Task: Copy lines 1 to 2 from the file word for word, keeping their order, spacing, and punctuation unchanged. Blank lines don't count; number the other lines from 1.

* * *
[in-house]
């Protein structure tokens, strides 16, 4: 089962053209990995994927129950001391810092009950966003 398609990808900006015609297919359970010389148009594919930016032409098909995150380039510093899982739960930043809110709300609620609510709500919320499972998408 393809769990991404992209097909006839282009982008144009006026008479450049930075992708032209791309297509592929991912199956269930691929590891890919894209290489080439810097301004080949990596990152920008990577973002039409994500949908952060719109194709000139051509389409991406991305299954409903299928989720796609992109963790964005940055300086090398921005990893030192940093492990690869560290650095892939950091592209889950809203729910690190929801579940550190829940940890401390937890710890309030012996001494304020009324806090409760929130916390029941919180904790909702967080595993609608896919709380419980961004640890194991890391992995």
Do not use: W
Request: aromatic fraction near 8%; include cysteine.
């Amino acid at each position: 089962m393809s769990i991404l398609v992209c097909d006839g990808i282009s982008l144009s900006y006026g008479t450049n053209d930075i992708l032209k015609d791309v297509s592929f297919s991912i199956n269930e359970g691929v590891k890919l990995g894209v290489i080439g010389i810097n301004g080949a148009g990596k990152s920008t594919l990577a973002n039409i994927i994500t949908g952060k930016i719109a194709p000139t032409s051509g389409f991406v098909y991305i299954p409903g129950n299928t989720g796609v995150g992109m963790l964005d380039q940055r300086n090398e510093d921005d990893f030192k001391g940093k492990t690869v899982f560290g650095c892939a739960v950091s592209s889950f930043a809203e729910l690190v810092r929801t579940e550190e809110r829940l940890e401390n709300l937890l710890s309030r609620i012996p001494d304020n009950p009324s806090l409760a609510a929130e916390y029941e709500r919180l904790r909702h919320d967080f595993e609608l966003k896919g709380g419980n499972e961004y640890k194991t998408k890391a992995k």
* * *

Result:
[in-house]
């Protein structure tokens, strides 16, 4: 089962053209990995994927129950001391810092009950966003 398609990808900006015609297919359970010389148009594919930016032409098909995150380039510093899982739960930043809110709300609620609510709500919320499972998408 393809769990991404992209097909006839282009982008144009006026008479450049930075992708032209791309297509592929991912199956269930691929590891890919894209290489080439810097301004080949990596990152920008990577973002039409994500949908952060719109194709000139051509389409991406991305299954409903299928989720796609992109963790964005940055300086090398921005990893030192940093492990690869560290650095892939950091592209889950809203729910690190929801579940550190829940940890401390937890710890309030012996001494304020009324806090409760929130916390029941919180904790909702967080595993609608896919709380419980961004640890194991890391992995």